The U.S. Department of Education today awarded a grant of $6,640,000 to the John F. Kennedy Center for the Performing Arts to implement and expand its efforts in arts education and arts integration at the national level. Beginning with the first year of a three-year program, this grant will allow all children access to the life-changing benefits of an arts education.
“The study of the arts can significantly boost student achievement, reduce discipline problems, and increase the odds that students will go on to graduate from college,” said U.S. Secretary of Education Arne Duncan. “Arts education is essential to stimulating the creativity and innovation that will prove critical to young Americans competing in a knowledge-based, global economy.”
The grant will be funded under the Arts in Education National Program, from the U.S. Department of Education’s Office of Innovation and Improvement. It will serve pre-K-12 children and youth, with a special emphasis on children from low-income families and children with disabilities. Activities funded by the grant include: professional development for arts educators; development and dissemination of instructional materials; arts-based educational programming; and community and national outreach activities to expand partnerships among schools, school districts, and communities throughout the country.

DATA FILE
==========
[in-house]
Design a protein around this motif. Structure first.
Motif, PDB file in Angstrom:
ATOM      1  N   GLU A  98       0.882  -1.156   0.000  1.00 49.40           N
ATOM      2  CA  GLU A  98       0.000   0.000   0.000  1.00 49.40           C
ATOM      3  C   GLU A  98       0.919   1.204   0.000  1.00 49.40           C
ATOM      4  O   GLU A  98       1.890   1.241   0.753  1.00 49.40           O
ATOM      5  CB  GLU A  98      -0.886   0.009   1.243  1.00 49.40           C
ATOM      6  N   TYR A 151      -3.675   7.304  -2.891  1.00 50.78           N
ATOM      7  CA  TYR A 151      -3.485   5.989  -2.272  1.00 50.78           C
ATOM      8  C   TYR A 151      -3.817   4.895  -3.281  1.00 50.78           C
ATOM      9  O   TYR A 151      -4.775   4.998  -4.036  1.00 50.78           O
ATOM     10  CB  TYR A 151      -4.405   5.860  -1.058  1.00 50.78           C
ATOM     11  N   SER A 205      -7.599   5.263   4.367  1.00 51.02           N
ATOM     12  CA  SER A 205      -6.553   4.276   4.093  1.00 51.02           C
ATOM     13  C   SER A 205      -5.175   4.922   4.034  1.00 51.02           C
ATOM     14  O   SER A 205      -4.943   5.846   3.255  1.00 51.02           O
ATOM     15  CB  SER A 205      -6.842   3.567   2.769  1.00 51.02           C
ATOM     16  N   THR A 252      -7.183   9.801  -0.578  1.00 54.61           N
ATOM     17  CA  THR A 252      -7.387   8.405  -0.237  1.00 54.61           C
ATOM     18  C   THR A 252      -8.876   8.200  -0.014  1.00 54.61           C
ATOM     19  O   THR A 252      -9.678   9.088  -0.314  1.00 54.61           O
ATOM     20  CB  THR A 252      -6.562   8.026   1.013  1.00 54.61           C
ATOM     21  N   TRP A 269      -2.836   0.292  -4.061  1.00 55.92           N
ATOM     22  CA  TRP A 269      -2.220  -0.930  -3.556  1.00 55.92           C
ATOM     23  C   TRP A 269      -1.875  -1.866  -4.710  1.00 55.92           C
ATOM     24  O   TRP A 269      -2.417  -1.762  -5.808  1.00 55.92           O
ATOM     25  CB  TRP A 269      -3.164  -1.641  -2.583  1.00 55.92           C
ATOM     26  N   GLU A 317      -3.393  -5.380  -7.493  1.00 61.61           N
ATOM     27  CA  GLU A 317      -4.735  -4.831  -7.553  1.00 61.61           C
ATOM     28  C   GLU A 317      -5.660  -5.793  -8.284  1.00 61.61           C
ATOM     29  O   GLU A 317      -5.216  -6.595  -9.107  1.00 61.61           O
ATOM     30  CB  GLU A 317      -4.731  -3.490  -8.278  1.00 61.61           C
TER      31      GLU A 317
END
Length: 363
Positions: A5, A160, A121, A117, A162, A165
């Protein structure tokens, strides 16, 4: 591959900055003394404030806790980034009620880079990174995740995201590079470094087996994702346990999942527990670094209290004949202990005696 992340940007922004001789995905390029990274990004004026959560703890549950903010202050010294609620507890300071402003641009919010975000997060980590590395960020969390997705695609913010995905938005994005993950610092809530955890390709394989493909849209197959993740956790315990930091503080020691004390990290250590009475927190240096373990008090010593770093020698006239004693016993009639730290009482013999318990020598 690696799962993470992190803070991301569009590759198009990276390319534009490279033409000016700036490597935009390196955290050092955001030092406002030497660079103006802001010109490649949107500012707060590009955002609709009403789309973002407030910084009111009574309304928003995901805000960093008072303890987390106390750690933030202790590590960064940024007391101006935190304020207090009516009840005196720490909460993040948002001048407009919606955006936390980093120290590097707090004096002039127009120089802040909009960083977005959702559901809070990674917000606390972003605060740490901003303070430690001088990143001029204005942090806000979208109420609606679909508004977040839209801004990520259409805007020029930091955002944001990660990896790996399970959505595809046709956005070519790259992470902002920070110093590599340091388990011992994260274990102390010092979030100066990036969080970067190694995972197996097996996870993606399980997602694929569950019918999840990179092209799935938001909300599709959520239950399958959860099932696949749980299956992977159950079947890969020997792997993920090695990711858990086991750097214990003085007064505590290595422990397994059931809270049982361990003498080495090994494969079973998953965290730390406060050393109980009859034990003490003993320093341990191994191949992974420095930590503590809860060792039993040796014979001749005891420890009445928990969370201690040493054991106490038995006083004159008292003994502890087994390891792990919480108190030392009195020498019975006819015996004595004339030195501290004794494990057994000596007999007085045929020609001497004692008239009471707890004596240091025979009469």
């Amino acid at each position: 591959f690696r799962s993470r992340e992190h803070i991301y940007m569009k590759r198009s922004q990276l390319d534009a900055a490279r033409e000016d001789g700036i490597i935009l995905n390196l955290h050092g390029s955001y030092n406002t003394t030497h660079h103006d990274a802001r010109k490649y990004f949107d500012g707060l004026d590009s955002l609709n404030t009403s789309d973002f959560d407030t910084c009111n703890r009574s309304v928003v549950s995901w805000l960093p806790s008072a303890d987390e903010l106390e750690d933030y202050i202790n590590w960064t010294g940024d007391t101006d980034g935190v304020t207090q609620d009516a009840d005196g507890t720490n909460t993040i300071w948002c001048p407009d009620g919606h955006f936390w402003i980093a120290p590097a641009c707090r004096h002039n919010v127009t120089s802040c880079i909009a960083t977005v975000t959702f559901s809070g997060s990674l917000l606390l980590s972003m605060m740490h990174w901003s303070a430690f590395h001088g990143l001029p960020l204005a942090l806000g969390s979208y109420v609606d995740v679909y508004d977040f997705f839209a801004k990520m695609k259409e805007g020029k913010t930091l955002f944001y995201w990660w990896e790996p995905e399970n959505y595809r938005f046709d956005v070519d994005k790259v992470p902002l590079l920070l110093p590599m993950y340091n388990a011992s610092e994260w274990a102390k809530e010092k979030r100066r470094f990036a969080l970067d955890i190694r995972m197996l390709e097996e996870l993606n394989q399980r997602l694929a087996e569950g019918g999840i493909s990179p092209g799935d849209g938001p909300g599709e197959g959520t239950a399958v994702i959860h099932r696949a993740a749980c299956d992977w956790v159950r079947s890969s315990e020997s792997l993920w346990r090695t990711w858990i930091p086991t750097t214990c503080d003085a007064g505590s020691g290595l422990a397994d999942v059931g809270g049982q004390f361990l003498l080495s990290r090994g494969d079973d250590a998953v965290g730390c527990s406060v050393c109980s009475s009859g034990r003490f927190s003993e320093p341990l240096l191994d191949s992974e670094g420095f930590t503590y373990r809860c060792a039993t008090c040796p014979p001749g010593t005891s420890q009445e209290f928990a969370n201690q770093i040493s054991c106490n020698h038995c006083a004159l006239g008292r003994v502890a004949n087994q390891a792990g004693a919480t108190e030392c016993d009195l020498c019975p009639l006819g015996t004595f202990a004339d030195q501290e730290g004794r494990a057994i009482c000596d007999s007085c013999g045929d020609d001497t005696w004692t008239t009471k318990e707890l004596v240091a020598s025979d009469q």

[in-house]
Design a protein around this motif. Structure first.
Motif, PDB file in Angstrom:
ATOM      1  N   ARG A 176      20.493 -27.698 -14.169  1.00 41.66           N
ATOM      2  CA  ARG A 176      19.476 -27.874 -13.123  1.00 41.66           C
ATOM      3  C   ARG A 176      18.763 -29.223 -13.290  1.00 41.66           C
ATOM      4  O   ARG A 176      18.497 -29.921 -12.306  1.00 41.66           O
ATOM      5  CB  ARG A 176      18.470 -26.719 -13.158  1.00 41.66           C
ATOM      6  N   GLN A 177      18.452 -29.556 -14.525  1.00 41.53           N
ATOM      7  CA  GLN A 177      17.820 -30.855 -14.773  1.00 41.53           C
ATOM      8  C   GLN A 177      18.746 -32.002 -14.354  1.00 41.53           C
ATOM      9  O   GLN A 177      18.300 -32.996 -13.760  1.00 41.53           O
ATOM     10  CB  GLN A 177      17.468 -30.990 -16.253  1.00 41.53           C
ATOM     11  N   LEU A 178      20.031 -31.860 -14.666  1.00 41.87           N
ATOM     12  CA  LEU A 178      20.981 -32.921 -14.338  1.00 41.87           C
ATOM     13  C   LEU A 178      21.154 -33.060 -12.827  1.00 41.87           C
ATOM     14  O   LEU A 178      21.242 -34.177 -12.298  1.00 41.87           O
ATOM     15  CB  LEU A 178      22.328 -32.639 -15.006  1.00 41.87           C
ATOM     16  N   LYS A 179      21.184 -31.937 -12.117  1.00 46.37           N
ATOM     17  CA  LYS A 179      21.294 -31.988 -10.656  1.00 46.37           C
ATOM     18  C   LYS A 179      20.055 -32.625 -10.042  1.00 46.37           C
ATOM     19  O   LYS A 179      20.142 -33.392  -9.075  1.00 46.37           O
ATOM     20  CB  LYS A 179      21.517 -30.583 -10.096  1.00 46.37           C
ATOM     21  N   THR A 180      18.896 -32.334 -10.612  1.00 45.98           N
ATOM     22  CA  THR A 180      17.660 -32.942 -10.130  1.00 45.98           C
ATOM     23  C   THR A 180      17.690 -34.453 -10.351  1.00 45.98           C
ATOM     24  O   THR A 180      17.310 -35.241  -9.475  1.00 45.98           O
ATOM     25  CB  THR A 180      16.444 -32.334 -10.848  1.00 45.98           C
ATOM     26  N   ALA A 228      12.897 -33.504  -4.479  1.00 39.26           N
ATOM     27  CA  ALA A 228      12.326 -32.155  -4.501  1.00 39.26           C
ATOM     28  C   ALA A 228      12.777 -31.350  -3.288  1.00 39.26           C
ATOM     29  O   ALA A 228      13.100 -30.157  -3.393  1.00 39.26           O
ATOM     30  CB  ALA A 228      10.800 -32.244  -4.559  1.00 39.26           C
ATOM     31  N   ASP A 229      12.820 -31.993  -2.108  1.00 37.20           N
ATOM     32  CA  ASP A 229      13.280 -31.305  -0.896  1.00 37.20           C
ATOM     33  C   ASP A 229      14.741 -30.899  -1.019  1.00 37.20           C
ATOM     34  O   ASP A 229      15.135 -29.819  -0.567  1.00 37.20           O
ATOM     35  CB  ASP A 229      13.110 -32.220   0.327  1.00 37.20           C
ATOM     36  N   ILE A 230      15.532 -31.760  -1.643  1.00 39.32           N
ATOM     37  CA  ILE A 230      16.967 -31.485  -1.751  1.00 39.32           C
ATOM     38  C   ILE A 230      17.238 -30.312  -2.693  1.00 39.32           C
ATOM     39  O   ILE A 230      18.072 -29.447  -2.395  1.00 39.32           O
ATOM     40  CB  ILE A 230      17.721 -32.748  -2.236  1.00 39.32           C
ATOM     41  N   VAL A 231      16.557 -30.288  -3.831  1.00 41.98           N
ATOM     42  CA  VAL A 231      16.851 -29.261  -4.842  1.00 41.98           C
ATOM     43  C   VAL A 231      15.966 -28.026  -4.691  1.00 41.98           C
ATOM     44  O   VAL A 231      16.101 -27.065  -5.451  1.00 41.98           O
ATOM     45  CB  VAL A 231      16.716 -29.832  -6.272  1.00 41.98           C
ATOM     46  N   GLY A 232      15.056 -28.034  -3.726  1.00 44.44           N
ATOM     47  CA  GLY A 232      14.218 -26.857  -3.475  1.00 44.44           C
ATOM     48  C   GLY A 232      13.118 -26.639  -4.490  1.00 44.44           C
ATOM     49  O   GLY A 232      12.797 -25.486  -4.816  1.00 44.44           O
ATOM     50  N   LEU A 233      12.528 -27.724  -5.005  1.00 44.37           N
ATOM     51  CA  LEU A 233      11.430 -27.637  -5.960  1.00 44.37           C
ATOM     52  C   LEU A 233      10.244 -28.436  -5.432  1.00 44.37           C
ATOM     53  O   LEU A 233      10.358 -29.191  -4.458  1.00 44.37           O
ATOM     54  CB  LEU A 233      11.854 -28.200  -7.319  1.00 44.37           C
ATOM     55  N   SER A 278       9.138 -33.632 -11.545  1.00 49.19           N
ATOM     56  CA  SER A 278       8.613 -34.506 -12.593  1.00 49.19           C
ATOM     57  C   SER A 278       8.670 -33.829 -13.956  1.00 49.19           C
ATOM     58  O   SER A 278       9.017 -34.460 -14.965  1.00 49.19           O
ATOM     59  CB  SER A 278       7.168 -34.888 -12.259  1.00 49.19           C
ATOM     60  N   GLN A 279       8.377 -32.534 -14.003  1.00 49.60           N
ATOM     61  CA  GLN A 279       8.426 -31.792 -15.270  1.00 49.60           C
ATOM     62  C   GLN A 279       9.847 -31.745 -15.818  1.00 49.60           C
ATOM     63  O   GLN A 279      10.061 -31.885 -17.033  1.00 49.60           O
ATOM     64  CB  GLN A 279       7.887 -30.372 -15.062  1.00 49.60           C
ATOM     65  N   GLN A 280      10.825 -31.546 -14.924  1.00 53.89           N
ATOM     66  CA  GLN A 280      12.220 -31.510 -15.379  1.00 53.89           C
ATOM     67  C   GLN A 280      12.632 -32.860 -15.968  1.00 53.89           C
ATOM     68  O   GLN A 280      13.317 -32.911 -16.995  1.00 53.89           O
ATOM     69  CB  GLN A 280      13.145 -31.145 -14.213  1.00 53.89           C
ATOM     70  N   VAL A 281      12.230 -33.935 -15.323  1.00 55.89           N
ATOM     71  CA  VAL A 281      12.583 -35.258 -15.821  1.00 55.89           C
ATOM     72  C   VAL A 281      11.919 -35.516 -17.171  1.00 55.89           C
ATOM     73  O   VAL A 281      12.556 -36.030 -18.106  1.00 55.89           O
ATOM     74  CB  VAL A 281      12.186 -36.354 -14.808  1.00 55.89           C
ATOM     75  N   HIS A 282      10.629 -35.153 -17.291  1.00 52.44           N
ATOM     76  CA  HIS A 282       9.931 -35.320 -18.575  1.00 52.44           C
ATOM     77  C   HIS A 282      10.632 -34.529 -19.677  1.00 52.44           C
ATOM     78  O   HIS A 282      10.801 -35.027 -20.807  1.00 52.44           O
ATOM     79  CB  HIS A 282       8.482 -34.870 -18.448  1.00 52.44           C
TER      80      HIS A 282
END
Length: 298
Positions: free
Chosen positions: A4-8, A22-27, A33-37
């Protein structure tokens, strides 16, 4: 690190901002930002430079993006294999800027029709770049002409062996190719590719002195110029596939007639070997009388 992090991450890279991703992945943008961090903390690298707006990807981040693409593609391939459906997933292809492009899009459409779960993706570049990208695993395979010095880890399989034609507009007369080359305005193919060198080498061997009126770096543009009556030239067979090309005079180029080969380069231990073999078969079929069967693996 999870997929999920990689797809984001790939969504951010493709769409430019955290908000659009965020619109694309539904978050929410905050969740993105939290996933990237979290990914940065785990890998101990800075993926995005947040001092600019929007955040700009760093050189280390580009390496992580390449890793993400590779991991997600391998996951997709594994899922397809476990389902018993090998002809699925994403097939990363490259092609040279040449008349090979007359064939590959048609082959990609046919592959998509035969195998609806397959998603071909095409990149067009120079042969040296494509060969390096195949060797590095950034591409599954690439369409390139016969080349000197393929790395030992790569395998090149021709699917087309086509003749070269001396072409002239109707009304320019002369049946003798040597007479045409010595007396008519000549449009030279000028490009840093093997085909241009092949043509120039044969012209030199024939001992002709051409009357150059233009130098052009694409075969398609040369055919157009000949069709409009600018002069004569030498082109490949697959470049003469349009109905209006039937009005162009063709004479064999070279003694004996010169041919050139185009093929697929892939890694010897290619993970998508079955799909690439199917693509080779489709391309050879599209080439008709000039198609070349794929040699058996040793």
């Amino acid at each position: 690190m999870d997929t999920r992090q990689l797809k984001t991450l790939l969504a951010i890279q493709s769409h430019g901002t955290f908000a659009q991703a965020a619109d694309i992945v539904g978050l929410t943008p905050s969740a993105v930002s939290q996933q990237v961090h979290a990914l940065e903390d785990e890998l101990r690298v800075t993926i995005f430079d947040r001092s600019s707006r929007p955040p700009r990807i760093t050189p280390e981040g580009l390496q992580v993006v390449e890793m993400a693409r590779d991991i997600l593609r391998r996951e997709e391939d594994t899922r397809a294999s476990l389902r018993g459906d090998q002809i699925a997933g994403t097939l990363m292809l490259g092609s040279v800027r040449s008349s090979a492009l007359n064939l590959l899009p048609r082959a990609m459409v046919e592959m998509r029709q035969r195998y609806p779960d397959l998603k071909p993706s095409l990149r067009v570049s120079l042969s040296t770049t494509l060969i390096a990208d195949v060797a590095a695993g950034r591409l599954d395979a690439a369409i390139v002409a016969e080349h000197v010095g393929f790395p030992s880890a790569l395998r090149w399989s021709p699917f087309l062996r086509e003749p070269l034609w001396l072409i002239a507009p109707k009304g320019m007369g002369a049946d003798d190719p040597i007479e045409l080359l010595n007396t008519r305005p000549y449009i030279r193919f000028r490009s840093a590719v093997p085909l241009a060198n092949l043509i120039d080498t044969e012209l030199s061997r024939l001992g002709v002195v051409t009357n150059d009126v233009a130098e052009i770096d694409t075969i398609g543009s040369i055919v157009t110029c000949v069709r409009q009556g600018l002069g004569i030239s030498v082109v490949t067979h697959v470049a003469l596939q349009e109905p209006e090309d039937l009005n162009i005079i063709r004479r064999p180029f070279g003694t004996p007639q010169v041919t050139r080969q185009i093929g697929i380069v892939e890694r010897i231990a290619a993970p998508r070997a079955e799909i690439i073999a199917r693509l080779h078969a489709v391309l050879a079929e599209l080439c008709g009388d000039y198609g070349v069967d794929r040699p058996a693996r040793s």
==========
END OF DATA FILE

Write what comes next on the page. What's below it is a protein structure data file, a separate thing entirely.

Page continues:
Four of the Kennedy Center’s programs are instrumental in its overarching national arts education and arts integration plan:
Changing Education Through the Arts (CETA) will serve constituents through local school partnerships, along with professional development workshops for teachers, teaching artists and school administrators.
Partners in Education (PIE) will foster partnership development through training and workshops for teachers and teaching artists.
Any Given Child (AGC), a two-part, multi-year program, will help communities from around the nation create an action plan for arts education.
Very Special Arts (VSA) National Affiliate Network will work to provide arts integration to students with disabilities and their teachers.